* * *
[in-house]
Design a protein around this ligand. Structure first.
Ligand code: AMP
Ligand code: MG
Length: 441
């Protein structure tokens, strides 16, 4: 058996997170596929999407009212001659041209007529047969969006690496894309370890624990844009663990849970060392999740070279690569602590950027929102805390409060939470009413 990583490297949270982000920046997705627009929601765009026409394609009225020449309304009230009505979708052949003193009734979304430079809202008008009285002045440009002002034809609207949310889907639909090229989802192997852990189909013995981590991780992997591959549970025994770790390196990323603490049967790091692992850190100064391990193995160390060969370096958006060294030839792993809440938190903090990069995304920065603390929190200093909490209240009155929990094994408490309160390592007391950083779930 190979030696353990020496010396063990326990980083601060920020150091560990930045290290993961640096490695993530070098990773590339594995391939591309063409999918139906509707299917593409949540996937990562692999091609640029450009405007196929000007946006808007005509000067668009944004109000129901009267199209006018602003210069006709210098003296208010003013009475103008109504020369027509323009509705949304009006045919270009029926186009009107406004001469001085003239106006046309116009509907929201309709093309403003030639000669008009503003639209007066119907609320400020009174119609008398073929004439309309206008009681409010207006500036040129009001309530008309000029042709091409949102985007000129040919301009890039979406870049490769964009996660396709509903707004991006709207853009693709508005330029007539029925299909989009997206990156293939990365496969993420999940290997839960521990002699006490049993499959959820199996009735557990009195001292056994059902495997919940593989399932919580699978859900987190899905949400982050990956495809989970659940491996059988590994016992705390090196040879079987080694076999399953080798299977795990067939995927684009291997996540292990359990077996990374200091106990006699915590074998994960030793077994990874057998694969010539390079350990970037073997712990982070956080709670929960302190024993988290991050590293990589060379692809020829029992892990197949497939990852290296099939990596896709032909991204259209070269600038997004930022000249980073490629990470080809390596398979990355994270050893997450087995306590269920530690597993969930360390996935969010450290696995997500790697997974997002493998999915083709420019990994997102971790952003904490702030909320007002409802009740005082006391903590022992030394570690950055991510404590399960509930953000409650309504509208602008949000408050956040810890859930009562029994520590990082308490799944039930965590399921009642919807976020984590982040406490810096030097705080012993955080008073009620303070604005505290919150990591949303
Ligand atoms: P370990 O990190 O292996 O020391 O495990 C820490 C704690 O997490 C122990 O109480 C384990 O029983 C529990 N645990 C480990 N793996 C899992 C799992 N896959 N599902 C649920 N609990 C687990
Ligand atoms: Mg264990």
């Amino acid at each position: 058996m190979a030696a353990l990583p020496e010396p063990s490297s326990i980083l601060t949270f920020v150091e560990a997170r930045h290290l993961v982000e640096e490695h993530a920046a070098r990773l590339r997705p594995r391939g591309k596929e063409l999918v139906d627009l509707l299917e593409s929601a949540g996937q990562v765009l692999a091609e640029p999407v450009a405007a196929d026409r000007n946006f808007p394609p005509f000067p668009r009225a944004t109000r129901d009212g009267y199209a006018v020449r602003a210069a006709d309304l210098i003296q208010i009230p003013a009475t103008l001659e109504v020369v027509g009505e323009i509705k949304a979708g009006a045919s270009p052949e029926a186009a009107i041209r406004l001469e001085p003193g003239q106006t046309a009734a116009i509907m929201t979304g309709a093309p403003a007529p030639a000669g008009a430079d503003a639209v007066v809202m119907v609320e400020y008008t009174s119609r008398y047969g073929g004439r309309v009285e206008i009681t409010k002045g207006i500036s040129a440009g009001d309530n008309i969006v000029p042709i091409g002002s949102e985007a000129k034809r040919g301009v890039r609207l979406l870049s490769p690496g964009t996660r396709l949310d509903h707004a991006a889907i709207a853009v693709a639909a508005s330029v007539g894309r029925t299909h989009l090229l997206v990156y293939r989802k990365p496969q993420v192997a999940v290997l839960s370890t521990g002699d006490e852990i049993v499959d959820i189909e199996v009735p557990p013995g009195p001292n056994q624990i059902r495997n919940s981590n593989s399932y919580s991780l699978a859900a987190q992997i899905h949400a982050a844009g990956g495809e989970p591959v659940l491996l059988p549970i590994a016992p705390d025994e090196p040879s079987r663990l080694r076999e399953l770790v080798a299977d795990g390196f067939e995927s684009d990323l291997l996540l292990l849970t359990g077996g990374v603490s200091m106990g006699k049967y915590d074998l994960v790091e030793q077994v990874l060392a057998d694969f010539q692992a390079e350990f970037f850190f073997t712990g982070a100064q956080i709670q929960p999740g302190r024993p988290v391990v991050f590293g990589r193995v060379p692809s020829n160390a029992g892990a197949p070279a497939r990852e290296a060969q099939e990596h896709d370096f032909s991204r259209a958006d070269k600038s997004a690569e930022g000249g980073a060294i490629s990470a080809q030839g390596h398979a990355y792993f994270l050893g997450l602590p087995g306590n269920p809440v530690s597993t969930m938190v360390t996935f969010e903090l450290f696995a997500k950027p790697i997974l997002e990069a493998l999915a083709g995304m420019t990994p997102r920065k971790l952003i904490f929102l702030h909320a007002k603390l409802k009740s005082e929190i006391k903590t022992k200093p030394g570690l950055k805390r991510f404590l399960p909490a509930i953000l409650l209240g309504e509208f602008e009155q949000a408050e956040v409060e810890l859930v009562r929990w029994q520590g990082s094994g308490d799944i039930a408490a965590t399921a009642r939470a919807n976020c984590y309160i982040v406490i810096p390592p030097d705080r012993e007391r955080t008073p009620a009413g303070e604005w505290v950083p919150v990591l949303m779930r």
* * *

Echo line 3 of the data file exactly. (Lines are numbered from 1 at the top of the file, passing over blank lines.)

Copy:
Ligand code: AMP